Most North American churches will be a buzz of activity today with fall kick-offs and attendance surging after summer vacation. While I love the ‘back to routine’ feeling that these early September Sundays bring, the introvert in me longs for something quieter and more reflective… something along the lines of Palestrina’s “Sicut Cervus.” Ironically, this piece is a setting of Psalm 41:2 which is all about longing.
For good reason, fanfare isn’t a regular part of church music these days. Every once in a while, however, it’s a fun change. Ēriks Ešenvalds’ Trinity Te Deum, sung here by Trinity College Choir at Cambridge, is a wonderful piece.
British composer Will Todd has set Revelation 21:4 to a new choral piece that gives incredible colour, texture and life to this text. This composition, entitled “No More Sorrow,” feels fitting for remembrance.
And God shall wipe away all tears from their eyes, and there shall be no more death, neither sorrow, nor crying, neither shall there be any more pain; for the former things are passed away. Revelation 21:4
The choir is Tenebrae, under the direction of Nigel Short.
I love Felix Mendelssohn’s motet “Ehre sei Gott in der Höhe” and the St. Olaf University Choir does a marvelous job. A translation can be read here.
In the course of finding Sunday music here, I have fallen in love with a number of chamber choirs from the Philippines. The University of Santo Tomas Singers, conducted by Fidel Calalang, Jr. is one of those choirs. Their energetic and rhythmic interpretation of Moses Hogan’s arrangement of “Every Time I Feel The Spirit” will likely get your toe tapping.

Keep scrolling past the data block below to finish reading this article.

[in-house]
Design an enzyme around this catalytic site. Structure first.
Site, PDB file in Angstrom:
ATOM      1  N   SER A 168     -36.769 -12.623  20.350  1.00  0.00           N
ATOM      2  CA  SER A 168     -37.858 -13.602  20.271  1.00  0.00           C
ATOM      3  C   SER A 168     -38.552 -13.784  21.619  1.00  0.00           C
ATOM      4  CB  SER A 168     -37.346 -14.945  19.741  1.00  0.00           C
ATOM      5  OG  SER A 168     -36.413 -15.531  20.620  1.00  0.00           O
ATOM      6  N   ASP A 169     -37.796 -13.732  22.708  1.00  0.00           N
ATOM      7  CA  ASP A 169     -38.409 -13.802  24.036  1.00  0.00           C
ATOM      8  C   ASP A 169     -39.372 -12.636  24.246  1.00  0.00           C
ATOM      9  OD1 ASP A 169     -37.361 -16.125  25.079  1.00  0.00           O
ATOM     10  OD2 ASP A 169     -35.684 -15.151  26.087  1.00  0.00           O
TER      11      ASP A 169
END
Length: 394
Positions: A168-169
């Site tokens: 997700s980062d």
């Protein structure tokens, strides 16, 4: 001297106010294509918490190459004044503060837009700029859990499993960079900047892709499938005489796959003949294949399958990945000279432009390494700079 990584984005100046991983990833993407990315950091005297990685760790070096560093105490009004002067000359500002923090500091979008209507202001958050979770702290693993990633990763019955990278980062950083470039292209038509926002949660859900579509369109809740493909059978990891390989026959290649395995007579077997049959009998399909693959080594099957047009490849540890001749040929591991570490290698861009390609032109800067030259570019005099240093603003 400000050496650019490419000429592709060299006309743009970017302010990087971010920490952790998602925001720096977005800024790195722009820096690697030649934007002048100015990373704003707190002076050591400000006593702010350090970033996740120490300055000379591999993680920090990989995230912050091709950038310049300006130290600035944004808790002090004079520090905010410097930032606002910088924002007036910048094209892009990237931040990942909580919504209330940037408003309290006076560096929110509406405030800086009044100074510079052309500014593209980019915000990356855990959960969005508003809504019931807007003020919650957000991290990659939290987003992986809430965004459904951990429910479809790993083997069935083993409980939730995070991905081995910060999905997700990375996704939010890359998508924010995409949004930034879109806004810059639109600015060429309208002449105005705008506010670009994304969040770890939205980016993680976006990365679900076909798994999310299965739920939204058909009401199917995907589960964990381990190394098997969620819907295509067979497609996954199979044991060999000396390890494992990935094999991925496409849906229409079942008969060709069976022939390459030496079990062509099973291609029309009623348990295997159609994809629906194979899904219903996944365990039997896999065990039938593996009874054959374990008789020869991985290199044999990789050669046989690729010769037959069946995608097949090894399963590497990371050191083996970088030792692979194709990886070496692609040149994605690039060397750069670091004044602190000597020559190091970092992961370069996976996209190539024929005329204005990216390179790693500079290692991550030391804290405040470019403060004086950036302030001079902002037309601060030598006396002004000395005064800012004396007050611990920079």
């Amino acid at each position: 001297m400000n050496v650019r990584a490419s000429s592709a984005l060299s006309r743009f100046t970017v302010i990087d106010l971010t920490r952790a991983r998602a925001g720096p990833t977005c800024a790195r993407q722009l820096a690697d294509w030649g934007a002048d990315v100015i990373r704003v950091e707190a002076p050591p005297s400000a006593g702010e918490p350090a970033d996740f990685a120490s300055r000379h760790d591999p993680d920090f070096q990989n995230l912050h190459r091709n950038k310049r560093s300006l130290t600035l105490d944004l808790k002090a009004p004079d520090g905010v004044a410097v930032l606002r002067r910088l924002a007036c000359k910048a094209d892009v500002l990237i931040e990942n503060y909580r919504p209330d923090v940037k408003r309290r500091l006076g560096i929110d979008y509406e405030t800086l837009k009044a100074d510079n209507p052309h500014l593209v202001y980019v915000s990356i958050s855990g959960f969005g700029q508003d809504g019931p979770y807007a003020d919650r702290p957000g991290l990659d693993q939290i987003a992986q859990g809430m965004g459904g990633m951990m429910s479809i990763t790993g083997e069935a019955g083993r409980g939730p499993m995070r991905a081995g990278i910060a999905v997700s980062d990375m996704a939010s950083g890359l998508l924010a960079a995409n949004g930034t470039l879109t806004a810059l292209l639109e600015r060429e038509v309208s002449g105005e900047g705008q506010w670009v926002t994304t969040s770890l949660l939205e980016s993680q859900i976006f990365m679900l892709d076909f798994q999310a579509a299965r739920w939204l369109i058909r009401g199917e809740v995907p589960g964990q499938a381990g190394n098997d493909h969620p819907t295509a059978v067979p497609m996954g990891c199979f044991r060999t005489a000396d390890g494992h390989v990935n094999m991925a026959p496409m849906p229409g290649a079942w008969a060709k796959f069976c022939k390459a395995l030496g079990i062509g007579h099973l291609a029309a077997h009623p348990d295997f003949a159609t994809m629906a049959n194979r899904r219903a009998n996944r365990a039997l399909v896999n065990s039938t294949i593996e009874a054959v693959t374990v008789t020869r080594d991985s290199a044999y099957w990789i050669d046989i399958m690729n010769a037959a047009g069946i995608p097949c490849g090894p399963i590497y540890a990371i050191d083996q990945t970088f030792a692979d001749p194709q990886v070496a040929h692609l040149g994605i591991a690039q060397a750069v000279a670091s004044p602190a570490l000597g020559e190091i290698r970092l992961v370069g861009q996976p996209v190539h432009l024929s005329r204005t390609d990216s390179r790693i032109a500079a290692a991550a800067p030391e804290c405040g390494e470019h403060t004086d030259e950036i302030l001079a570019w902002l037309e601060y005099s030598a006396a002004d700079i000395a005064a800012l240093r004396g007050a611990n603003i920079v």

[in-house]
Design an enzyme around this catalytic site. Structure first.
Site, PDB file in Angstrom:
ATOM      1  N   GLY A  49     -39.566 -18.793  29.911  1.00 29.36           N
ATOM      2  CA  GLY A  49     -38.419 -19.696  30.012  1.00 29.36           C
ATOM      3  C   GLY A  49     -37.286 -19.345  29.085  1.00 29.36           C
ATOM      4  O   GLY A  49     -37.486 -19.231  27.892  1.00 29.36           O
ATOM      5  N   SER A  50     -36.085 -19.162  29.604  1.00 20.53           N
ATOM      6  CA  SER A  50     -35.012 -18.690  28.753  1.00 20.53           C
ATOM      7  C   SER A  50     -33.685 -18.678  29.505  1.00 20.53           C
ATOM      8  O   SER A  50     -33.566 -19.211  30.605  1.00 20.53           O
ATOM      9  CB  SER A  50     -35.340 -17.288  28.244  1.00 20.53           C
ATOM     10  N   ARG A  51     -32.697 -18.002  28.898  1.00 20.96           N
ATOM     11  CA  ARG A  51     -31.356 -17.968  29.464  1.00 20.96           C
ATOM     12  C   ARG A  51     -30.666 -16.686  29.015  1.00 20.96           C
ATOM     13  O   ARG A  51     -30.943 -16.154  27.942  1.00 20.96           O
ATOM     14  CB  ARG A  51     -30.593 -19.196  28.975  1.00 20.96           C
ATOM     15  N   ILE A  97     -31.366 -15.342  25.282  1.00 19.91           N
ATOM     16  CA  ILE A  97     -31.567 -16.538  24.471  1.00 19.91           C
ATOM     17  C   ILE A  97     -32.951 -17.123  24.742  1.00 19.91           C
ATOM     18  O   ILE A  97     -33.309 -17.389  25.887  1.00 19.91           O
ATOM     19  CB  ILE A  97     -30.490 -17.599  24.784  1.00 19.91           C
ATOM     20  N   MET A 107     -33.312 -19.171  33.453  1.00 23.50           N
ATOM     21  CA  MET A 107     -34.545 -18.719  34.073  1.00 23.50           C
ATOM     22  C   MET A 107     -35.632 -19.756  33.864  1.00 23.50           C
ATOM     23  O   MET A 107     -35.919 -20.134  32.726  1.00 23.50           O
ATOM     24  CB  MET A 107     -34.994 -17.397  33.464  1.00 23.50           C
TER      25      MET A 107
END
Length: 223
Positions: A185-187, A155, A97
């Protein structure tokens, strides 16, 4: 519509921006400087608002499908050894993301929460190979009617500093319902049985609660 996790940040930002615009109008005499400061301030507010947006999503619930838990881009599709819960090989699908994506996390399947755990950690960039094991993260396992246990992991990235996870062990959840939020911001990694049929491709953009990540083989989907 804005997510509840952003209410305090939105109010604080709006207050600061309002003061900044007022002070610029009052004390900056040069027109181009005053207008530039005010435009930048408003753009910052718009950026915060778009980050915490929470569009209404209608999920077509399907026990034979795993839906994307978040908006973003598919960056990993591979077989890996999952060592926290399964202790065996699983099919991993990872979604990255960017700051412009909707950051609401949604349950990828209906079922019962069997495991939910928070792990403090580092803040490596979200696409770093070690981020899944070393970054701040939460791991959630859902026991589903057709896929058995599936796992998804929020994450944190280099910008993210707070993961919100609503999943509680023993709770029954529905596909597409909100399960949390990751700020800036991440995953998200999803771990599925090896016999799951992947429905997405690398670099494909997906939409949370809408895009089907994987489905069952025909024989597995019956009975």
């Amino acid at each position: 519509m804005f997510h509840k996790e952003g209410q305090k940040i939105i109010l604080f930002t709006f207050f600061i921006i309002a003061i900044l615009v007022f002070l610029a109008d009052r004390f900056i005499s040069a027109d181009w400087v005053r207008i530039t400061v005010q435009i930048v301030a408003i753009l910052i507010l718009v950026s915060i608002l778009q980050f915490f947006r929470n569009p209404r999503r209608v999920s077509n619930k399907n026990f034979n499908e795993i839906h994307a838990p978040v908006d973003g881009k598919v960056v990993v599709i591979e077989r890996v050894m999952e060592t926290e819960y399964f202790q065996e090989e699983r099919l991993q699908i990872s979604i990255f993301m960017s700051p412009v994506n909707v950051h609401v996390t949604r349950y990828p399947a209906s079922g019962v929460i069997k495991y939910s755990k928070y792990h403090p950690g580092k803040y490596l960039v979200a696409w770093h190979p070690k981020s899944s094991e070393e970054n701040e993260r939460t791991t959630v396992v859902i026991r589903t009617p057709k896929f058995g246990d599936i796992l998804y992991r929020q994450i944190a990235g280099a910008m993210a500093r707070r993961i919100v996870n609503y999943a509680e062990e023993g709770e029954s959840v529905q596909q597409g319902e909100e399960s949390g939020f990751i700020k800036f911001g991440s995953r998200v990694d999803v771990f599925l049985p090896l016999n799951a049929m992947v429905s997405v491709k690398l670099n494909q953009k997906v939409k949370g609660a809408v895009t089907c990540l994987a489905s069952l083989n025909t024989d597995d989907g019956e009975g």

Blogging is hard… even harder when work is busy and during the times of life that require extra mental energy. And that’s been our reality. We are fine (we’re great, actually!) but we have been quiet- something we’ll talk more about later this week. I haven’t meant to be away for 2 months but somehow, that’s how long it has been. I thought a nice way to come back to sharing here would be with Matthew Emmery’s incredibly beautiful Kyrie from Missa Brevis. The text of the Kyrie is a prayer that historians agree comes from 1 Chronicles 16:34
…give thanks to the LORD; for He is good; for His mercy endures for ever…
I recently heard Jake Runestad’s setting of Psalm 121 and was awed by the serenity of this piece. It is sung here by the University of British Columbia University Singers, conducted by Graeme Langager.